provides a sample rate reduction of 16; this corresponds with a
MODCLK rate of 128 „ fS. The alternate setting of the AMC
Bit gives a sinc decimation factor of 8 that corresponds with a
MODCLK rate of 64 „ fS. The output of the sinc decimator
stage is at a rate of 8 „ fS.
The filter engine implements two half-band FIR filter sections
and a sinc compensation stage that together give a further
decimation factor of 8. Please refer to TPCs 1 through 4 for
details on the responses of the sinc and FIR filter sections.
TPC 5 gives the composite response of the sinc and FIR filters.
High-Pass Filter
The AD1871 features an optional high-pass filter section that
provides the ability of rejecting dc from the output data stream.
The high-pass filter is enabled by setting Bit 8 (HPE) of Control
Register I to 1. Please refer to TPC 7 and TPC 8 for details of
the high-pass filter characteristics."
"Modulator Mode Enable
The AD1871 defaults to the conversion of the analog audio to
linear, PCM-encoded digital outputs. Modulator Mode allows
the user to bypass the digital decimation filter section and access
the multibit sigma-delta modulator outputs directly. When in
this mode, certain pins are redefined (see Modulator Mode) and
the modulator output (at a nominal rate of 128  fS) is available
on the modulator data pins (D[0–3]). To enable the Modulator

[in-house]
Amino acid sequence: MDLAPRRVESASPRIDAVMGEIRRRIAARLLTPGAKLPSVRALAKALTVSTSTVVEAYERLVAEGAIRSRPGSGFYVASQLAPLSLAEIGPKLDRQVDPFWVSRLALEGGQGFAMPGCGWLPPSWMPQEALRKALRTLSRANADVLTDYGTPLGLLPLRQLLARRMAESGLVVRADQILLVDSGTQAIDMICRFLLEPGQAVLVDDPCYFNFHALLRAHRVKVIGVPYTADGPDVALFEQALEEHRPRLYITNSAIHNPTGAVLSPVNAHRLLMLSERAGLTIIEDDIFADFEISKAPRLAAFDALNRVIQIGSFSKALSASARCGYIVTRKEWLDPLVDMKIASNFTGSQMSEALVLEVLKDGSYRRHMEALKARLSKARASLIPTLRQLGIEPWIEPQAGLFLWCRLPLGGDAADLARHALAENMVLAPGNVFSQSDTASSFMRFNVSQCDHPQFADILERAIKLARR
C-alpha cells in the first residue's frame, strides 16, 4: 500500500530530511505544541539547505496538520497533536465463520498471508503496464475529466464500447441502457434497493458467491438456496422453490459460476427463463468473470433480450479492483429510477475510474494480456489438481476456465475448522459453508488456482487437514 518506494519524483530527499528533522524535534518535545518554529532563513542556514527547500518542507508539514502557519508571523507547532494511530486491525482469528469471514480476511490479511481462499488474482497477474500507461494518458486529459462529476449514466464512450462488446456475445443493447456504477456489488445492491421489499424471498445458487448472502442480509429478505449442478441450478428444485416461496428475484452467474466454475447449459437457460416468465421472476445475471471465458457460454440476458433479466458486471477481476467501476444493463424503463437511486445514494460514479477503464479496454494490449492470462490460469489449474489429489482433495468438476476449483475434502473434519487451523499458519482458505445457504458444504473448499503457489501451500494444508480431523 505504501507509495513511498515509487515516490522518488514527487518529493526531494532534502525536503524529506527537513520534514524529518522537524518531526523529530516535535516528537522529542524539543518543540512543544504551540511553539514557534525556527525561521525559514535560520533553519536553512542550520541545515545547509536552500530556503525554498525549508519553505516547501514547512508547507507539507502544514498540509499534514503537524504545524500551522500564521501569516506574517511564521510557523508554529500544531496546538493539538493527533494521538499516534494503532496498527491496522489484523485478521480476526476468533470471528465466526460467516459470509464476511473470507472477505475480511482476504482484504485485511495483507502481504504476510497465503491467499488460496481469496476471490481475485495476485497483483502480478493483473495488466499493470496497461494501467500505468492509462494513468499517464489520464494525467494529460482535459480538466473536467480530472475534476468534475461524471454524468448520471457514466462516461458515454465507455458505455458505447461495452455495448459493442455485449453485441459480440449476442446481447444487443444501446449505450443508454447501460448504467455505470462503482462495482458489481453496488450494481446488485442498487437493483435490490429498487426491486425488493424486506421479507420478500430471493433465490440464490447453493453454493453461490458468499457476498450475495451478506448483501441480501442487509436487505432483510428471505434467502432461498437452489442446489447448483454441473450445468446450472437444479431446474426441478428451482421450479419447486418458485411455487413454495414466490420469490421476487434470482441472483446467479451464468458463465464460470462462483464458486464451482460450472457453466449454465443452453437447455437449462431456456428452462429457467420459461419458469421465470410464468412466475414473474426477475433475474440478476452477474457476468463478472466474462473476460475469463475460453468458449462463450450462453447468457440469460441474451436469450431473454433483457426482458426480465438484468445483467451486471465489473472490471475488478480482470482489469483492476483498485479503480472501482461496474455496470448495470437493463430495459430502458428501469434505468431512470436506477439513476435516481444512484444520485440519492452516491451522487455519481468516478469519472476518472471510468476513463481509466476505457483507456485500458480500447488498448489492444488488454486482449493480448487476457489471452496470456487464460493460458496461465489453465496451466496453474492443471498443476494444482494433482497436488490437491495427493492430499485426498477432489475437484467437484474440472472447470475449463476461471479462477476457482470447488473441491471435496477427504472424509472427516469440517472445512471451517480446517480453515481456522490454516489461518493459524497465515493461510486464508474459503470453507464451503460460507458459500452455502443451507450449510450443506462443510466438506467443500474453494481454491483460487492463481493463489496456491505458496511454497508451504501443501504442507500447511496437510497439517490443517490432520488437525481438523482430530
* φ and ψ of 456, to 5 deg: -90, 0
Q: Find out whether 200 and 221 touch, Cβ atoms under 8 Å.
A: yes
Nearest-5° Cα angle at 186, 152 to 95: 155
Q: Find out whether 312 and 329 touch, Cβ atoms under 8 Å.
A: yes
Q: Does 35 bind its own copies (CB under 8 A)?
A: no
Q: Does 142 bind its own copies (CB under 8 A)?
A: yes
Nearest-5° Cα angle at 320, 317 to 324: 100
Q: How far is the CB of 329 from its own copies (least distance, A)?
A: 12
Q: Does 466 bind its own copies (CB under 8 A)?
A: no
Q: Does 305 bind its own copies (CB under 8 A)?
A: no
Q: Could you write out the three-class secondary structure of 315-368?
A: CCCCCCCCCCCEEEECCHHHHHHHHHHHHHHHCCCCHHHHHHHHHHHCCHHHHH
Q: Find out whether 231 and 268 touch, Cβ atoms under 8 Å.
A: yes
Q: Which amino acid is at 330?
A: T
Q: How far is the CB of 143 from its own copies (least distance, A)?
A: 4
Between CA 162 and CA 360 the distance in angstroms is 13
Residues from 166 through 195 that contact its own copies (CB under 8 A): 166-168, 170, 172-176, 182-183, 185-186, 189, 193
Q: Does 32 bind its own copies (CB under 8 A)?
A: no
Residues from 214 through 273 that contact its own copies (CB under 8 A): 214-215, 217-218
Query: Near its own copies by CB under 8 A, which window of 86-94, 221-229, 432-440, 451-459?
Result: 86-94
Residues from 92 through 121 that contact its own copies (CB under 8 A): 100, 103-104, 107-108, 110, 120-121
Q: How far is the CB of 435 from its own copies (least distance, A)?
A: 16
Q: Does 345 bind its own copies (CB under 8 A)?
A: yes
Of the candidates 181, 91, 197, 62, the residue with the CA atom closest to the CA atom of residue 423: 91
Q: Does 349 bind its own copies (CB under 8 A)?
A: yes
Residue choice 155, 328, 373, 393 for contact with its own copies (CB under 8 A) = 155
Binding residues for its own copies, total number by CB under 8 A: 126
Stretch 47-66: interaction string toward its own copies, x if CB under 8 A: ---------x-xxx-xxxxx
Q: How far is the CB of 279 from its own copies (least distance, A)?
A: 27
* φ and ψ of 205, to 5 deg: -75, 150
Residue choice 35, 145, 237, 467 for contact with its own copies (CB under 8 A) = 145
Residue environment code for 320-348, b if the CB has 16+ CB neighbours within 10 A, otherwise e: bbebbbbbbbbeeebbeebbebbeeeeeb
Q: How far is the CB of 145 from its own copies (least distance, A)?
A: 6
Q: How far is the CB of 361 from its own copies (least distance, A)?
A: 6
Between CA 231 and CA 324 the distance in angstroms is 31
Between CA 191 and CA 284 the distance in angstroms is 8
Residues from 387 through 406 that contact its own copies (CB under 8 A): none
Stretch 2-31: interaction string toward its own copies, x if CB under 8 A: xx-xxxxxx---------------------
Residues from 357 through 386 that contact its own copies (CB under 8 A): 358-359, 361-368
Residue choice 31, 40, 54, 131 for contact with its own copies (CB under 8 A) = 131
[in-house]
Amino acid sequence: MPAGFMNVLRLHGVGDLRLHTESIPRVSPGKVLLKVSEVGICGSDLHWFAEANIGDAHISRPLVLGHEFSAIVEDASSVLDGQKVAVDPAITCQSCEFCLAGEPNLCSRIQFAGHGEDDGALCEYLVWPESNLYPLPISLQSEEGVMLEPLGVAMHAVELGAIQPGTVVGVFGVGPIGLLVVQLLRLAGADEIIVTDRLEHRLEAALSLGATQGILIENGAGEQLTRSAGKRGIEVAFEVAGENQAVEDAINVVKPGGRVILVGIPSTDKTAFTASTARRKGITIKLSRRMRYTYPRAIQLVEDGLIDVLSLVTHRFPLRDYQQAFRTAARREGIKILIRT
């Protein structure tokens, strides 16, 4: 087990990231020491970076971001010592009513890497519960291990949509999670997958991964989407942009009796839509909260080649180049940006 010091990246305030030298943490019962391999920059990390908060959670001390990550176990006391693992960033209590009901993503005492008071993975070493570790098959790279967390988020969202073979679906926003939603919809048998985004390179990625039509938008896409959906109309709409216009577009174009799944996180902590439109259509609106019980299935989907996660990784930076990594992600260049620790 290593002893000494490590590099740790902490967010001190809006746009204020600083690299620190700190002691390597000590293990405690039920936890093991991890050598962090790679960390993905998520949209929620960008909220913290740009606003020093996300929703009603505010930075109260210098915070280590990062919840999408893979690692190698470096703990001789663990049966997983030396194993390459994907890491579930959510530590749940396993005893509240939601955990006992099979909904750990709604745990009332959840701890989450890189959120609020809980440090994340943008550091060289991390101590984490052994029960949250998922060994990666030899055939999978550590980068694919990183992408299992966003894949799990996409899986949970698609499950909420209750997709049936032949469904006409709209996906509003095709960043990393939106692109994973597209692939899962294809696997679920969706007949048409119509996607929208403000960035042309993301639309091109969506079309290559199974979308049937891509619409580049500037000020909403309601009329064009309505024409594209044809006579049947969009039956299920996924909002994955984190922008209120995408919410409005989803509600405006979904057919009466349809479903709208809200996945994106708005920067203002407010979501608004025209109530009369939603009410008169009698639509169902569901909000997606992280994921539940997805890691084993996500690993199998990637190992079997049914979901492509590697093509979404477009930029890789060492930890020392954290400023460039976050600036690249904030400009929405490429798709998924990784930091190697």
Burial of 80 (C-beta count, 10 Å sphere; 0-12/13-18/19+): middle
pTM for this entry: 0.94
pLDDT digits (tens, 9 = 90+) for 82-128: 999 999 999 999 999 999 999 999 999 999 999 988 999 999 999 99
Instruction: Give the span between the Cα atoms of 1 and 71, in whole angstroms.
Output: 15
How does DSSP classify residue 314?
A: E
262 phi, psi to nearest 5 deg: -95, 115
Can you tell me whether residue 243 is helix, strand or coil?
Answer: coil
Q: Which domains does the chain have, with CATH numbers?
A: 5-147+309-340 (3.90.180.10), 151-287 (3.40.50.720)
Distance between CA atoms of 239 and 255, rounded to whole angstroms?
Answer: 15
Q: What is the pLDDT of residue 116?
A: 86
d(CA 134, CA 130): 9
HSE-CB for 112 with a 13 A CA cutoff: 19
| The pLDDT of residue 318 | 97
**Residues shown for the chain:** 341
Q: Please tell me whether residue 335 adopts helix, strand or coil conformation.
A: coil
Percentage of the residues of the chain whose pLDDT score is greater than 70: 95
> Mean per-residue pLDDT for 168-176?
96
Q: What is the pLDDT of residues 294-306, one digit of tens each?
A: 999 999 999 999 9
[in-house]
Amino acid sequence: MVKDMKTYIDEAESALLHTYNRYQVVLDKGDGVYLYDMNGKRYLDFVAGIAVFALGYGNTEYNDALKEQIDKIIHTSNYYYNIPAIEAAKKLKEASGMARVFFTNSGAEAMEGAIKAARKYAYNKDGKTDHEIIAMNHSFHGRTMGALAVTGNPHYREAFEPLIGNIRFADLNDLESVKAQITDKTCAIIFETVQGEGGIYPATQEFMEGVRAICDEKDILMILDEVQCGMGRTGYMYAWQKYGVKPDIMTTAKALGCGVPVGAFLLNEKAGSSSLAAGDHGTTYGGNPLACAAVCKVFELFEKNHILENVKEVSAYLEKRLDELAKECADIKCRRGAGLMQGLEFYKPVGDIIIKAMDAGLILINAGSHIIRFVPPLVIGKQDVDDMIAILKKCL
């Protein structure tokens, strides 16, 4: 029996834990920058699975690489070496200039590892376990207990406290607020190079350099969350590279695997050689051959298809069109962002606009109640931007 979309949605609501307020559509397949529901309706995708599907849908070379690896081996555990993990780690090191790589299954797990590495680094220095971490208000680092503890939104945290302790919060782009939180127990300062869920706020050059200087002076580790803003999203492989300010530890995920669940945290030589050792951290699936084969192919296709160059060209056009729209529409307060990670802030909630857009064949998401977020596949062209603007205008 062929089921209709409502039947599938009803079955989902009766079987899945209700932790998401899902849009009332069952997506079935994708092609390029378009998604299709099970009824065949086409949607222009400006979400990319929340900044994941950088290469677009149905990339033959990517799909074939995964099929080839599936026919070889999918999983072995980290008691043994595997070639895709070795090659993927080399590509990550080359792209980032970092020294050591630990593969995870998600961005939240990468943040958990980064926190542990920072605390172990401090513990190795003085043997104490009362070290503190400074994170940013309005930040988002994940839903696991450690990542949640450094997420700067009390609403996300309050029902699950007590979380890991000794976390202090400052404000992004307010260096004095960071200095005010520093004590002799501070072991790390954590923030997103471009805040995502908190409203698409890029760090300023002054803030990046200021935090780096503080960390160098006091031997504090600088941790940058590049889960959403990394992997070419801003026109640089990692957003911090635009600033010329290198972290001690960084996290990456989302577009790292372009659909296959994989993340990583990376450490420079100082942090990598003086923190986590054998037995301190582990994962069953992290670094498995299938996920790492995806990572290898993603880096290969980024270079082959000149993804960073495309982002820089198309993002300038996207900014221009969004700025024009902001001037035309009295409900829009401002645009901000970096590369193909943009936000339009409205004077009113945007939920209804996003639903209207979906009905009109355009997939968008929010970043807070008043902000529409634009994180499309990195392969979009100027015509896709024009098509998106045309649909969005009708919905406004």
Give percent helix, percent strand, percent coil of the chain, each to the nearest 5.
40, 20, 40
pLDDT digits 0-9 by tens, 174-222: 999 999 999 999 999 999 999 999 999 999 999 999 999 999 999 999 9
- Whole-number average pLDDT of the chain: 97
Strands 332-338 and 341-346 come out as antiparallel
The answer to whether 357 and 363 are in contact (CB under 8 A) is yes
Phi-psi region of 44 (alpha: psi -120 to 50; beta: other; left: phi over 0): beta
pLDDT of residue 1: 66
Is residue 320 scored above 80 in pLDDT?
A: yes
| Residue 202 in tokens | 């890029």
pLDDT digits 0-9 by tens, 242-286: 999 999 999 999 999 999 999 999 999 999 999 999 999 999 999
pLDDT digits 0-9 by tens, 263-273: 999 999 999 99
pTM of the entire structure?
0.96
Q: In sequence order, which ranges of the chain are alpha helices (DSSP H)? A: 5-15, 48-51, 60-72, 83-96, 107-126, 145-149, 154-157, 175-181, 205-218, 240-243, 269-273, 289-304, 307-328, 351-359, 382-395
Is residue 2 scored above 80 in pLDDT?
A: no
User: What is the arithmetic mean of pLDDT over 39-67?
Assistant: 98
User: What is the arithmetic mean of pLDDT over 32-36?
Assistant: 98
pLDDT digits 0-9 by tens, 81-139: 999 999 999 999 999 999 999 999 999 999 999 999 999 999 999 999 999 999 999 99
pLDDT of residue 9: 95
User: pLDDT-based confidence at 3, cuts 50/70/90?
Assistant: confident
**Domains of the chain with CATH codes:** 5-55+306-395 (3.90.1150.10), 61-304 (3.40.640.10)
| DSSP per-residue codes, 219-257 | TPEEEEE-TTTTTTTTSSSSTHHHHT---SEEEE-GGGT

Mode, set the MME Bit to high."

I think the·graph of the Modulator Mode's FFT shows that·skipping the decimation filters does give·LOTS of ultrasonic.·I suspect that they mean to say that when you select Modulator Mode, you bypass the filters. I don't think they mean that you can get the filtered output four bits at a time. Pity.

Post Edited (Fred Hawkins) : 9/3/2007 8:04:19 PM GMT

Fred Hawkins
09-04-2007, 03:31 AM
After following this thread, http://forums.parallax.com/showthread.php?p=670946, I am thinking that directing the AD1871's firehose into a dataflash chip might be way simpler. Atmel's AT26DF321 stores 32Mbit, goes as fast as 66 MHz Maximum Clock Frequency. http://www.atmel.com/dyn/resources/prod_documents/doc3633.pdf

Maybe the prop can set these two chips up and just step out of the way. After they're done recording the stream, moving data to a SDcard would be a piece of cake. And stereo feeds, if it all fits together as easily as I imagine (hardly ever), ought to be simple.

Post Edited (Fred Hawkins) : 9/3/2007 8:36:28 PM GMT

09-04-2007, 02:37 PM
Again a nightly Black-Out!
Of course 96kHz sampling * 32 bit * Stereo is 6,144 MHz

But 300kB/S per mono channel was at least correct. (5 stereo channels = 3 MBytes/s) http://forums.parallax.com/images/smilies/smile.gif

So this means when you can not deliver all samples, you definitely loose bandwidth.
(This is an uncontrolled implicite low-pass filter.)

There is only a slight advantage of a low-pass filter over a reduced sampling rate.
But other kinds of filters may make sense, especially correlations between the channels.

When handling stereo it is sometimes sufficient to compute the difference signal and filter it down to a much lower bandwidth, as you do not expect the R/L situation to change within micro seconds (FM pilot tone)

Post Edited (deSilva) : 9/4/2007 9:29:06 AM GMT